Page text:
The court's ruling takes the onus off video stores to police who can buy violent games. It is a blow to critics who worry that they foster violent behavior and a victory for defenders of the First Amendment.
Violent video games, ones that carry the "M" rating label, are best sellers. Now that the U.S. Supreme Court has struck down the California law prohibiting their sale to anyone under 18, parents are now the gatekeepers.
"I think parents have to be involved no matter what," parent Pete Perrine said. "Whether the law is there is or not, you still have to be a responsible parent and make sure you're looking at what the kids are doing."
California's law was passed in 2005, but has been tied up in the courts ever since. It would have imposed a fine of $1,000 on any store selling a violent game to a minor. Its author was State Sen. Leland Yee, D-San Francisco.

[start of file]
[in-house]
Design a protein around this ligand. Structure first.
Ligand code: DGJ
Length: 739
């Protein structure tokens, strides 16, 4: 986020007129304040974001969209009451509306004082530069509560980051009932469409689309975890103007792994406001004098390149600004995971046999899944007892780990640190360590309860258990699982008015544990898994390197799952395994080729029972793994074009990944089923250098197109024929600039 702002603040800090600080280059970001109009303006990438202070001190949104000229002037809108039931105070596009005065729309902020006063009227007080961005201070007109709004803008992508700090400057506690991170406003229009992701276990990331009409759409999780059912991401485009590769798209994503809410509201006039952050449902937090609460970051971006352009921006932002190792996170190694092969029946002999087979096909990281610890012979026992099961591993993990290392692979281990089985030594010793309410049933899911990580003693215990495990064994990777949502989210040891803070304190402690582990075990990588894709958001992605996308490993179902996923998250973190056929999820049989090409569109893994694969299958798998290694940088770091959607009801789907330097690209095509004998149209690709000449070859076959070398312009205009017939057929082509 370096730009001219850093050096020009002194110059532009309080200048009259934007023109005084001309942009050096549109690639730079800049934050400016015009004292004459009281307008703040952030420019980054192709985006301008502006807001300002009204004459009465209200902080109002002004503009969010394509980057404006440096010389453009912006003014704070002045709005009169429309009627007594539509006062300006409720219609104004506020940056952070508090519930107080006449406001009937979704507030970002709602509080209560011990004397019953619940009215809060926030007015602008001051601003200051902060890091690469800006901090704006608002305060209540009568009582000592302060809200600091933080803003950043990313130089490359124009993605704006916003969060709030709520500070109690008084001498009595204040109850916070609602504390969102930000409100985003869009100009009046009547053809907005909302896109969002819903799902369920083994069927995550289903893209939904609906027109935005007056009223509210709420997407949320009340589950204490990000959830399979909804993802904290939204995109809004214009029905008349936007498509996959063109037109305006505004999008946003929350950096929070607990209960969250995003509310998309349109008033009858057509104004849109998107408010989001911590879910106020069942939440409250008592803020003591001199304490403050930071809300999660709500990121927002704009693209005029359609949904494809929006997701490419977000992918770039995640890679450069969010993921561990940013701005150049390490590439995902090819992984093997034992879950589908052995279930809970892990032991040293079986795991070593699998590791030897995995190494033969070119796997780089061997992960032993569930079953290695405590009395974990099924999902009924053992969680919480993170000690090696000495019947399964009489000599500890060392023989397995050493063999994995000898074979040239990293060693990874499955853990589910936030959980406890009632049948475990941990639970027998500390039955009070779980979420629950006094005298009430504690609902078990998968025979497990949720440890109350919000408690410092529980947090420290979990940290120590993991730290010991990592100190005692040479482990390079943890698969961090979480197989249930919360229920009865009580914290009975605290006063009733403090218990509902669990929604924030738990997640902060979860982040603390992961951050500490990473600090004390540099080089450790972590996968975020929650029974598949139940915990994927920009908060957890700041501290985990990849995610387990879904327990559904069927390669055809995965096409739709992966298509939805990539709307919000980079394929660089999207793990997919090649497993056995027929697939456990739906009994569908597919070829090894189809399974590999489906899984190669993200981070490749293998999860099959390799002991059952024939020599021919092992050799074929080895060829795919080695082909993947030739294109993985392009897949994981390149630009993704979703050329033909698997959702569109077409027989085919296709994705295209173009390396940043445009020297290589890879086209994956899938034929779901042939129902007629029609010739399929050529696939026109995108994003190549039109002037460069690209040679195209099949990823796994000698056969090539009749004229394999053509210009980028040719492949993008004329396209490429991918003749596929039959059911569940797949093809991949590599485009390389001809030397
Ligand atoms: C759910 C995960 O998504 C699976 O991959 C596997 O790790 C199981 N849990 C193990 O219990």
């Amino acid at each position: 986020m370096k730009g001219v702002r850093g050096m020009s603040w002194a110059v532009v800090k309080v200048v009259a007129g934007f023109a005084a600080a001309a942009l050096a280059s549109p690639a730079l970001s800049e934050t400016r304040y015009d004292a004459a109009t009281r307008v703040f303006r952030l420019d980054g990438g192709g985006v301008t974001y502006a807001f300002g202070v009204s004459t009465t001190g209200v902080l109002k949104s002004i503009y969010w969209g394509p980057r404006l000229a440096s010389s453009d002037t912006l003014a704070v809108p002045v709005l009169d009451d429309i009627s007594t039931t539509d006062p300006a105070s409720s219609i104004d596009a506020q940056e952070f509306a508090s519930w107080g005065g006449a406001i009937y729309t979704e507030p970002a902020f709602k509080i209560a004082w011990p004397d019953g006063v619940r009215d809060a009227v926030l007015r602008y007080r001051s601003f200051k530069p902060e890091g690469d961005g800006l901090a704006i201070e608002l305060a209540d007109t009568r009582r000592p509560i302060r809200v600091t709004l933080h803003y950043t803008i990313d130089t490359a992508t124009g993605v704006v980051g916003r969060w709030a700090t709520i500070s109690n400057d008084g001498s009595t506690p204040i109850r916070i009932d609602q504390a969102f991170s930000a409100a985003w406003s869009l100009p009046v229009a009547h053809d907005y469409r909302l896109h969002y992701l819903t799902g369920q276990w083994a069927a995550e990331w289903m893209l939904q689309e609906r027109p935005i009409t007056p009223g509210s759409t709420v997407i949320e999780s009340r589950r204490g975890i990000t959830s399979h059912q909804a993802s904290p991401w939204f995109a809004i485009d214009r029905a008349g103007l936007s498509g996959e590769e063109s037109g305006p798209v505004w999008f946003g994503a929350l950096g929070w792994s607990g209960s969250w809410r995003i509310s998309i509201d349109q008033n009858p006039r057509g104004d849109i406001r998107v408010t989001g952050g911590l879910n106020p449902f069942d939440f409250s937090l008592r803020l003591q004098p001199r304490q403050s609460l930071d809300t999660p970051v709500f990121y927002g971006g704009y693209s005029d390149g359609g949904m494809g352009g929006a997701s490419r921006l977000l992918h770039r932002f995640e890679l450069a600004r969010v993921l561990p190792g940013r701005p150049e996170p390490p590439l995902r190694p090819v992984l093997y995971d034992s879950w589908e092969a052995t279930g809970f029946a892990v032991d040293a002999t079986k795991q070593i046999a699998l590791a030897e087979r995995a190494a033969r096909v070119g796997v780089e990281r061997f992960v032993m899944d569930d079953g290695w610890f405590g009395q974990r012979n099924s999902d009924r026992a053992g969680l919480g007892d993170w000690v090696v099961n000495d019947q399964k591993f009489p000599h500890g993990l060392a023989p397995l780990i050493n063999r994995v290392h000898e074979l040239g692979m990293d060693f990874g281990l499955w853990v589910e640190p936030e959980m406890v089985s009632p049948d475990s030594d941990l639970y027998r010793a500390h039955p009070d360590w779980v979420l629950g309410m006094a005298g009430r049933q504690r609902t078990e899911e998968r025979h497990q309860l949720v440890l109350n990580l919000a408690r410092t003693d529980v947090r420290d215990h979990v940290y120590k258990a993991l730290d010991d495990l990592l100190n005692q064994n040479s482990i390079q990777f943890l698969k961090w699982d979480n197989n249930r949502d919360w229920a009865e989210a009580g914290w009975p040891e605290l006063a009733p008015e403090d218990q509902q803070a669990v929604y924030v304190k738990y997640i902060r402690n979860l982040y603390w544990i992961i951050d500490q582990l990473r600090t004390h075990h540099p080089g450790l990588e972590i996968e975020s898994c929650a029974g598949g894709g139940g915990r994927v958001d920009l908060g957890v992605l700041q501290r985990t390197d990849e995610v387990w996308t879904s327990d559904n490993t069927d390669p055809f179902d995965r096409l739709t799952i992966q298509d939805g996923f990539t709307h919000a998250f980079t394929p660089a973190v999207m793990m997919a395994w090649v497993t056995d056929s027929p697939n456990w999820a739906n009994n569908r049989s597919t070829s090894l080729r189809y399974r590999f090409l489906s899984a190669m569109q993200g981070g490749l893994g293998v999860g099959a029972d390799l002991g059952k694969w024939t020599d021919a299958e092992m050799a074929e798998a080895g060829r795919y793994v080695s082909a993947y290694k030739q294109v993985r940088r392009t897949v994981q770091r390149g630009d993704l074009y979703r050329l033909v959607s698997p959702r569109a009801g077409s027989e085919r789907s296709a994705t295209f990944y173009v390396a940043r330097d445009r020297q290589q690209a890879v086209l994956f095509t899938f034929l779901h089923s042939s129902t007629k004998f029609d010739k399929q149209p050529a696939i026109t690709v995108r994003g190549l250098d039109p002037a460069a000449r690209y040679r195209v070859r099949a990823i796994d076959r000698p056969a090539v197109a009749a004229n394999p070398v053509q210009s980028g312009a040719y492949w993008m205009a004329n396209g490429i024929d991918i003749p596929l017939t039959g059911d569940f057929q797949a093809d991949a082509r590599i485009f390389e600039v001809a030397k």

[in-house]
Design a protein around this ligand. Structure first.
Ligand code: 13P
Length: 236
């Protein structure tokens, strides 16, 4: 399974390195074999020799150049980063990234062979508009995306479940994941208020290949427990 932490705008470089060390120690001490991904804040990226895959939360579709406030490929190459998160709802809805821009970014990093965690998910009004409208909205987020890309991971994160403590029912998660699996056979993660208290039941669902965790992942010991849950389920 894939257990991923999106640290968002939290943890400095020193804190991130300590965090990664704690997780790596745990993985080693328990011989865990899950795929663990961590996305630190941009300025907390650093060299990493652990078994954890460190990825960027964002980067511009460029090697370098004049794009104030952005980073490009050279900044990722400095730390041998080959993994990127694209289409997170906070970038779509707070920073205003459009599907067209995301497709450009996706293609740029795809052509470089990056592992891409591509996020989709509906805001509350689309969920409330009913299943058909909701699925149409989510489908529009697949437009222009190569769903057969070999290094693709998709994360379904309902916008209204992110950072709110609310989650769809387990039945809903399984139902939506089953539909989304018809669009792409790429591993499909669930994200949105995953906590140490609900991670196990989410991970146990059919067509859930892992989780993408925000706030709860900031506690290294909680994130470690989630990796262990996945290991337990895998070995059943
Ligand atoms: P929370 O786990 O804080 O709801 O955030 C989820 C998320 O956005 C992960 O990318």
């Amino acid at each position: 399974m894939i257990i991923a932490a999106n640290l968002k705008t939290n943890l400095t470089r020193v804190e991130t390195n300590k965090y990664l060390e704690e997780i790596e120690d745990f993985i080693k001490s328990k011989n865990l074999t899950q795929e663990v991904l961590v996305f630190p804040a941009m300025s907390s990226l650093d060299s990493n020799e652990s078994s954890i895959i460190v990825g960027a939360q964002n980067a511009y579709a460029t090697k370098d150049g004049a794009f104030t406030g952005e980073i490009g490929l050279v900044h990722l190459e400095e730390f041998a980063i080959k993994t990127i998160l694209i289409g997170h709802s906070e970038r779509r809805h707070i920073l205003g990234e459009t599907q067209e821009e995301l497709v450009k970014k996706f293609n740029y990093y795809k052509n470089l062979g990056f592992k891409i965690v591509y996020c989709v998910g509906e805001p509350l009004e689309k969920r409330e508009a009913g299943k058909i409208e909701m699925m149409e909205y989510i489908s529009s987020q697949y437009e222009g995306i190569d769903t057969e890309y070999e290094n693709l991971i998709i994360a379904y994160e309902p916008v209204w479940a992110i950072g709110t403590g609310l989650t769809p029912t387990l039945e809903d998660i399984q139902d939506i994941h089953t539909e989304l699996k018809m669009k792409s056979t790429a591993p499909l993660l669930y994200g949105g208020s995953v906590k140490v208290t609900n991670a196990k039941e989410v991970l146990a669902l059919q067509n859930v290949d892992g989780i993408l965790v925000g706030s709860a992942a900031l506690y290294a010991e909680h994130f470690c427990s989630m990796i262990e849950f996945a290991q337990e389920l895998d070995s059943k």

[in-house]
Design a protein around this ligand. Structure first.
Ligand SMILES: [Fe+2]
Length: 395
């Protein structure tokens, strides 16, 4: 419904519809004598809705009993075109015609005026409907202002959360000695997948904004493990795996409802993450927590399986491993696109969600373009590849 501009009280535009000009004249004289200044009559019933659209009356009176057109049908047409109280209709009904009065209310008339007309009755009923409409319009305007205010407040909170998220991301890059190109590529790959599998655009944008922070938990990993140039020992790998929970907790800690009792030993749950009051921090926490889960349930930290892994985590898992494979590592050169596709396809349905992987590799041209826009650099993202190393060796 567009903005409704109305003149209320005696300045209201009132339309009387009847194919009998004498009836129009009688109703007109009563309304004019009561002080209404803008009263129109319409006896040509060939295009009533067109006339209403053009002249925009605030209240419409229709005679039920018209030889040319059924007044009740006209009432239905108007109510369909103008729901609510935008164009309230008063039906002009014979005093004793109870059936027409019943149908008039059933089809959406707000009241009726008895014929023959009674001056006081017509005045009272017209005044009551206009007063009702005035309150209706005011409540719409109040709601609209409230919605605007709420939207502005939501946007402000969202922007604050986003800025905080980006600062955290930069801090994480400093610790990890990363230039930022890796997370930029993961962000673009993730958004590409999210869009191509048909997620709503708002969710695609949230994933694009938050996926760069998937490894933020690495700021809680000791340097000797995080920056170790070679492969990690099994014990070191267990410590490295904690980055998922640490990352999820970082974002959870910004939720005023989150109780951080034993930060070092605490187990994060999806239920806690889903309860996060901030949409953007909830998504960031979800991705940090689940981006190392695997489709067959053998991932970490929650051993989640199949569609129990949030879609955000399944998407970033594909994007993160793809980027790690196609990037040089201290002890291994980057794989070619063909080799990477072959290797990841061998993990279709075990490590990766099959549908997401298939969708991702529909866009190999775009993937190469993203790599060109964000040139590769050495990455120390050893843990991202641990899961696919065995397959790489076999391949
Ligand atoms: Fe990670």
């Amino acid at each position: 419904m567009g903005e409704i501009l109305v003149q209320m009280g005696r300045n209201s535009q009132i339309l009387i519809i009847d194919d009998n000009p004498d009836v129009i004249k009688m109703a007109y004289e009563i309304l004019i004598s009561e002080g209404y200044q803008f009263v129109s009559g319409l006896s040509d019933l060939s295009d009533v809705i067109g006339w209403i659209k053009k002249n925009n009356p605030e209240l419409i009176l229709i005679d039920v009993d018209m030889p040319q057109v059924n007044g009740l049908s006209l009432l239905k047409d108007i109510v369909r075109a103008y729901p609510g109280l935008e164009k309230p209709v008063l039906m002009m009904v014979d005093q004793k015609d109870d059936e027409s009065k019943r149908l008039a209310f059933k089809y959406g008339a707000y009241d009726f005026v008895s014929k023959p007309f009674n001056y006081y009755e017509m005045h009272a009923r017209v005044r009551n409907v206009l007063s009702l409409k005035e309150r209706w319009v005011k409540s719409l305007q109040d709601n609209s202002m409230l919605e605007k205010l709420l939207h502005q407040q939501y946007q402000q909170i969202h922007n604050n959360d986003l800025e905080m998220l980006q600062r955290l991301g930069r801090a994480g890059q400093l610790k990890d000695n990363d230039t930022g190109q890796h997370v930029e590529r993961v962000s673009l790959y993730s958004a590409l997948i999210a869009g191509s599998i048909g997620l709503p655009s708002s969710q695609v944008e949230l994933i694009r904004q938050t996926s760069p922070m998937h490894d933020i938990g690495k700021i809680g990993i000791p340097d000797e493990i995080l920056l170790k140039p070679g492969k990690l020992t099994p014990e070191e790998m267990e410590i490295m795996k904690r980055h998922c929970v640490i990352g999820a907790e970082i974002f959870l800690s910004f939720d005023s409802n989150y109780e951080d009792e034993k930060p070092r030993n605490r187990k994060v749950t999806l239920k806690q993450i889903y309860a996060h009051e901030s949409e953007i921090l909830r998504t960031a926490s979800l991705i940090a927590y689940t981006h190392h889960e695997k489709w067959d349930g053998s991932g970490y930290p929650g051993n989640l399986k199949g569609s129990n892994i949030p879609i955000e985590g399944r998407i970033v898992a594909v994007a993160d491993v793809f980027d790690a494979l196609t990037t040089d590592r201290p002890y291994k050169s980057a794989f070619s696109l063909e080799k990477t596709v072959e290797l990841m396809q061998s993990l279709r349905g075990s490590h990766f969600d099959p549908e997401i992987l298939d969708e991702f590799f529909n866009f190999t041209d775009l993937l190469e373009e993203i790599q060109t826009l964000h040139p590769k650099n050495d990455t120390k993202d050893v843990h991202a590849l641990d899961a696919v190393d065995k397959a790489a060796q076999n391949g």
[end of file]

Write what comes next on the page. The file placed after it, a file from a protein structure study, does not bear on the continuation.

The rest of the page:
"The U.S. Supreme Court decided it's going to side with corporate America and Wal-Mart against our children," Yee said.
After winning its case, the video game industry would like to see more emphasis on a voluntary rating system. All games carry such labels as "T" for teens and "M" for mature.
"The message to other states and also to California is to work with the industry on promoting the industry ESRB ratings system, making sure that parents are aware of it and feel comfortable using it," Entertainment Software Association spokesperson Michael Gallagher said.
The Supreme Court said video games should have the same First Amendment protection as movies, books and music. It dismissed arguments that children might be harmed or influenced by violence depicted in games.
That opinion did not dampen criticism.
"We see a lot of these video games are depicting law enforcement often as targets, and that's certainly not acceptable in the development of a child," San Francisco Police Deputy Chief Kevin Cashman said.
The unknown now is whether the high court's decision will make violent video games more widely available since stores will not be subject to fines.
One young person said his friends as young as fourth graders play them all the time
"I don't know if like their moms approve of it or anything, but somehow they get their hands on it," David Perrine said.
Yee hinted, but did not make a firm commitment, that a revised law might be the next step.